Not sure how I didn’t think of this before! Every once in a while, I crack into a game that I don’t necessarily finish, don’t have a lot to say about, or simply don’t get around to writing a proper review about for a while. It sits in a queue and I look at that sticky note on my desktop every day thinking “I’ll get to it”. So here’s to spring cleaning and getting rid of those in one foul swoop with some quick thoughts.
This game was doomed from the start. One of the worst AIs to ever exist in a video game made this game’s online play essential to success. Unfortunately, it was released in the middle of the PSN shutdown, which effectively sidelined PS3 players since it also doesn’t have local co-op. In addition, online matchmaking revolved around the story missions without stand-alone modes and was nearly impossible to find in the menus. On top of that, even if my brother, ranked lower than me, set matchmaking to allow all ranks, I wasn’t allowed to join his match until he ranked up, making this thoughtful Christmas gift a dud until he devotes some time on his own – a frustrating endeavor. While the objective-based gameplay was certainly a good idea, the bots were too dumb for you to be able to do it on your own.
The challenge mode was extremely thin. It boasted 12 challenges, but in actuality had four at three difficulty levels a piece. This was put to shame many years ago by the TimeSplitters series, notorious for dozens of challenges, each with a platinum ranking to be acquired.
So much potential – squandered. A blemish on Bethesda.
Bottom Line: 6/10
Sly Cooper and the Thevius Raccoonus
Picking up the HD collection, it was quickly apparent that Sly Cooper was platforming at its finest. Controls for this title are flawless, it looks pretty good in its upscaled form, and it’s quite simply fun. Sly climbs, battles and collects without missing a beat. While today it’s in a thick field of similar competitors, it was big for its day and is still polished better than most titles trying to do fancier tricks.
Bottom Line: 9/10
Dead Nation was a pretty solid dual-stick shooter. The gameplay was fast-paced and fun with zombies coming from everywhere. The plot was terrible, but could be ignored to appreciate the point of the game: shooting zombies. Weapon varieties and upgrades were stellar as were the environmental strategies for dispatching the undead. Keeping track of worldwide progress in defeating the hordes of flesh-eaters on a country-by-country basis was also a neat feature. I assume Japan is still in the lead by quite a bit. I’m not a huge subscriber to the growing zombie market, and while Dead Nation isn’t making many strides, this title adds legitimacy to the market instead of fueling a potential shovel-ware pit for people to throw money at.
Bottom Line: 8/10
Scott Pilgrim vs. the World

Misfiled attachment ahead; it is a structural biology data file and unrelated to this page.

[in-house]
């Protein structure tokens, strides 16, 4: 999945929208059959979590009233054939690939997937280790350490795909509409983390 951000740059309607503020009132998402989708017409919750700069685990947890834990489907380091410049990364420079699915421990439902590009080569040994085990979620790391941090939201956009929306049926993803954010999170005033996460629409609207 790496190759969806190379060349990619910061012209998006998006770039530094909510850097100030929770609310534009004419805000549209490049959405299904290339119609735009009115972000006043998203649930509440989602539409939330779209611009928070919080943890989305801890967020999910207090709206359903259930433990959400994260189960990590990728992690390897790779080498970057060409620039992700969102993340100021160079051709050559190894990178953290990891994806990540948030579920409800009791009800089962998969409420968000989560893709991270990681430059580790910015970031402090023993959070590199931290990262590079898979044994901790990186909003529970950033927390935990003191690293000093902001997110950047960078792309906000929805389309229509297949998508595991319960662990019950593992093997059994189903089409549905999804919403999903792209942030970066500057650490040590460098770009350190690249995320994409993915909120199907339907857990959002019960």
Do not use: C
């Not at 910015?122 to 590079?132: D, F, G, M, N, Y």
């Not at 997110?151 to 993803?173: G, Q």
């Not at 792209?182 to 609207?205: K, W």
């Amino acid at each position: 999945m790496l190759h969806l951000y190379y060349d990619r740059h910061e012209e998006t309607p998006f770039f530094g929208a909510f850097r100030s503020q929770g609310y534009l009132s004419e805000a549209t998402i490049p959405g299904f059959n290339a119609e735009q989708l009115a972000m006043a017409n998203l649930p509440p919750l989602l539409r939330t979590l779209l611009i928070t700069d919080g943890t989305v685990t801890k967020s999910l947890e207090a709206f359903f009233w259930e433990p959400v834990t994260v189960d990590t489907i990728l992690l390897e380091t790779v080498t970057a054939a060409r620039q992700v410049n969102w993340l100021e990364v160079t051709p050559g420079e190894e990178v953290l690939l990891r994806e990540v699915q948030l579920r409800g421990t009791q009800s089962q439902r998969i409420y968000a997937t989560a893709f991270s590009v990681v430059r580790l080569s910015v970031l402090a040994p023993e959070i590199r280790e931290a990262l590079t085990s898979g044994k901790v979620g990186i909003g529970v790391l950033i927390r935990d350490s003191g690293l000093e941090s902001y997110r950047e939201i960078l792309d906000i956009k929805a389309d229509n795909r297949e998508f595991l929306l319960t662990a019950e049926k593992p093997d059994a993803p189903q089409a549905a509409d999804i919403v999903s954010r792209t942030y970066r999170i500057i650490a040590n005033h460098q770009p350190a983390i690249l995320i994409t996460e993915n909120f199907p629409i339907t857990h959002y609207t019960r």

This beat-’em-up sidescroller took me back to Double Dragon II, which was a very good place to be. It’s been a while since we’ve seen a good sidescrolling brawler like this, and the choice of genre was likely a tip-of-the-cap to the comic book origins that the movie’s graphical style also paid homage to, reminiscent of a time when arcade games of this style were all the rage. This game is wicked hard, and I wouldn’t even attempt playing it without a buddy on the couch. There are several attack and gear upgrades as the game goes along, though these don’t make up for some difficulties in moving around – an aspect that isn’t particularly responsive to input. I’m refraining from scoring this one since I haven’t actually finished it, and probably won’t for a while since I require a friend to accompany me. That’s just how I roll.
Ratchet and Clank Future: A Crack in Time
This was actually my first adventure into the Ratchet and Clank universe. First off, the game is gorgeous. Ratchet looks fantastic and so do the environments. The gameplay is clean and responsive posing no issues. There are several upgrades that allow you to explore various planets with many things to offer, and the collectible Zoni on those planets feel worthwhile.
Clank’s aspect of the game is also excellent. The time-bending puzzles are fun, intuitive and a nice change of pace to the confrontation of Ratchet’s side of the story.
There are a ton of weapons, which is both good and bad. While most of them are fun to use, they are all pretty general-purpose. By-and-large, none are definitively more useful in certain situations, making the only reason to switch between them in most cases is the drive to upgrade them for the sake of upgrading them or running out of ammo with other weapons. Outside of this, the default blaster is versatile enough that cycling through the menu to equip something else is too much hassle to bother with.
And a personal note: I have to say that I would have bailed on bolts flying out of every patch of grass if I were Insomniac, as this can be very fruitful for the player, but distracting and hindering of the pace.
Bottom Line: 9/10